My family welcomed me the best way they knew how. It felt like they were shocked and concerned with my new situation. It felt as if they weren’t allowing themselves to be too affectionate with me. I didn’t feel understood, and if it wasn’t for my youngest siblings, I would have felt completely lost. In the eyes of my older siblings, I was messing up my life and I needed tough love for a wake-up-call. Everybody had their lives put together somehow and according to my family it was my turn to do the same. I was different, I was making them worry and my selfish way of living life was bringing me misery. Being seen this way was like visiting my childhood, like reliving my worst nightmares. I loved my family and I hated how I was never able to feel part of it for real. In attempt not to hurt anybody’s feelings, so I wouldn’t have to regret that later, I decided to keep my disappointment inside me. I was afraid to say anything just like I was afraid not to say anything. The level of discomfort kept rising, until two weeks later, I bought a one way ticket to Athens to visit the rest of my family and to see if things would be different there, but they weren’t. Still pregnant, knowing that slowly, but surely my baby was leaving my body, I was at the edge of losing my mind. The accumulation of emotional pains I was feeling was more than I felt I could handle. I kept calling Ahmed on regular basis. It felt humiliating how desperate I was. He would always limit himself to reassuring me that Rex and Nel were doing fine. He’d make them whine by talking to them in baby voice so I could hear it for myself that they were fine. He seemed to enjoy the empowerment he felt due to a total sense of control he now had over me. He had my precious dogs and now my heart too in his hands. There was nothing good about being in such vulnerable position and not knowing how to get out of it. Hearing from everyone around that I was the one responsible and the one to be blamed for everything was not giving me wings either. I wanted so bad not to exist but not bad enough to pollute my mind with harmful thoughts.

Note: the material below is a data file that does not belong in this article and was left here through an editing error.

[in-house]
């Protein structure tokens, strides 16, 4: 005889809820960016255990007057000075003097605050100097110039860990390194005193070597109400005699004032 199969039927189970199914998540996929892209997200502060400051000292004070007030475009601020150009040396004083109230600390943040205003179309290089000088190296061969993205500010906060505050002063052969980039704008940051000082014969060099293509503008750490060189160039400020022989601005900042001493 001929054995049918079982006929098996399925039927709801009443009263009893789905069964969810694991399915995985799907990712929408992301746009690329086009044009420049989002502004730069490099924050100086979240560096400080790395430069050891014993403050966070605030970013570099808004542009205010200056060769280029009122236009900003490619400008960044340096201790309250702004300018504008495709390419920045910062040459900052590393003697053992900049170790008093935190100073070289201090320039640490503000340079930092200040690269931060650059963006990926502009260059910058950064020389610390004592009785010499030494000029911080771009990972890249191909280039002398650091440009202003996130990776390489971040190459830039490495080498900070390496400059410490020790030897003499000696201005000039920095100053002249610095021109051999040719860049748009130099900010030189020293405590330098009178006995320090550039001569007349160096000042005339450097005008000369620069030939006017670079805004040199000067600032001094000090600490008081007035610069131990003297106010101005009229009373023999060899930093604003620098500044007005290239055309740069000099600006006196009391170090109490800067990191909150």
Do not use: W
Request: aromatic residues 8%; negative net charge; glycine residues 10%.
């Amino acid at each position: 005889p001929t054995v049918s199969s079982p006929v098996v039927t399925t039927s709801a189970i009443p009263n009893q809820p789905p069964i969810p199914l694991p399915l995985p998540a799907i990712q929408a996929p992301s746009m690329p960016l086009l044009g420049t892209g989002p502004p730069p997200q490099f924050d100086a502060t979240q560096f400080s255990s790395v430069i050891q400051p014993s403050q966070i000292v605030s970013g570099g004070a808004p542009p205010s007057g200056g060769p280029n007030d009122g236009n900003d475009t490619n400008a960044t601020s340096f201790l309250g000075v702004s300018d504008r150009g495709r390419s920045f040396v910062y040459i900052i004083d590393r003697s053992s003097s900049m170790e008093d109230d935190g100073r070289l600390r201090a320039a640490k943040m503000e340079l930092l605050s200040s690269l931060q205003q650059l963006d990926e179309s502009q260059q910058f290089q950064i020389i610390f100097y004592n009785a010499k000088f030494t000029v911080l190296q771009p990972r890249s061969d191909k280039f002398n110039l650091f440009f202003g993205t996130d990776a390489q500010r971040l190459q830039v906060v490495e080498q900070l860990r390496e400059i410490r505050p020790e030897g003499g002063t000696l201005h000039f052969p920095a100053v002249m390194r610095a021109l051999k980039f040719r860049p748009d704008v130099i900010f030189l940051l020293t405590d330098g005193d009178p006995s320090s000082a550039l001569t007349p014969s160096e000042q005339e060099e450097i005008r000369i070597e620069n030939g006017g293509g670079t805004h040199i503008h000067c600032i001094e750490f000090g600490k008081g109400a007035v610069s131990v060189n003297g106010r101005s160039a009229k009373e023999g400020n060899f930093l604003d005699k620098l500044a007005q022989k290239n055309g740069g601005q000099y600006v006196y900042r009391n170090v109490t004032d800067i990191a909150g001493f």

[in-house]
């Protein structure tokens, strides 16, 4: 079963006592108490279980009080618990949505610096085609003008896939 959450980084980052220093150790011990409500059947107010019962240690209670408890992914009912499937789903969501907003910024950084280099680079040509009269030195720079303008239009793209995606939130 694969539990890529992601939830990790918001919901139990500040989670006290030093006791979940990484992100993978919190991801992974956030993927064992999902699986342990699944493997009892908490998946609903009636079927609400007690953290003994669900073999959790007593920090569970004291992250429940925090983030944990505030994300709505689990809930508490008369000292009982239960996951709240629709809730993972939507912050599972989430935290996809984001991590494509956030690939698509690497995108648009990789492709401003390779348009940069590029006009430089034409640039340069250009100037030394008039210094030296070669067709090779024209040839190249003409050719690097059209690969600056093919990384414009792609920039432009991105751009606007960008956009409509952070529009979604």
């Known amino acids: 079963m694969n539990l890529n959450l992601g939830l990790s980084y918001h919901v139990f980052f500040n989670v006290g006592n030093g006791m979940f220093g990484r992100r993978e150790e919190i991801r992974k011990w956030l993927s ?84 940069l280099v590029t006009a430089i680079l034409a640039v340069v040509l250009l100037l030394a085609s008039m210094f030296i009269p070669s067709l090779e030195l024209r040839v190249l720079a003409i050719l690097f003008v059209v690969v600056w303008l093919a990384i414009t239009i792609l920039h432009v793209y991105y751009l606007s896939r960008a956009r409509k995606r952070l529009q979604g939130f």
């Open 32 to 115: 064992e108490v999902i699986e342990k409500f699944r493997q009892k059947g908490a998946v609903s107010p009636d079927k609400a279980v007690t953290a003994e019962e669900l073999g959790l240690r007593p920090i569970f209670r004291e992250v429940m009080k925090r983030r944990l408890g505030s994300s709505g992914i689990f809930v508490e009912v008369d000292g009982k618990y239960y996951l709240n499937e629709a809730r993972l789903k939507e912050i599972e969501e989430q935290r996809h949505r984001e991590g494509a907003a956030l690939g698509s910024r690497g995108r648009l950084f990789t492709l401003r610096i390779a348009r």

I needed some trace of hope. Going to Africa was the only thing that made any sense to me. To help even if only few small children and to change their lives forever were going to be my medicine and solution for my broken life and my broken heart. I found nothing noble in my decision; it was simply a matter of business. In my understanding, the Law of the Universe said that whenever we want something we can get it the fastest way if we provide such thing to someone else that needs the same thing. So, if we want to be happy -- we need to make someone else happy. If we want more money -- we need to give some to those who need money as well. I tried this approach in the past few times with Teddy and almost immediately it brought me quite astonishing results. I was now so determined to create a better life that I made myself believe that this was the only way for me to go about things.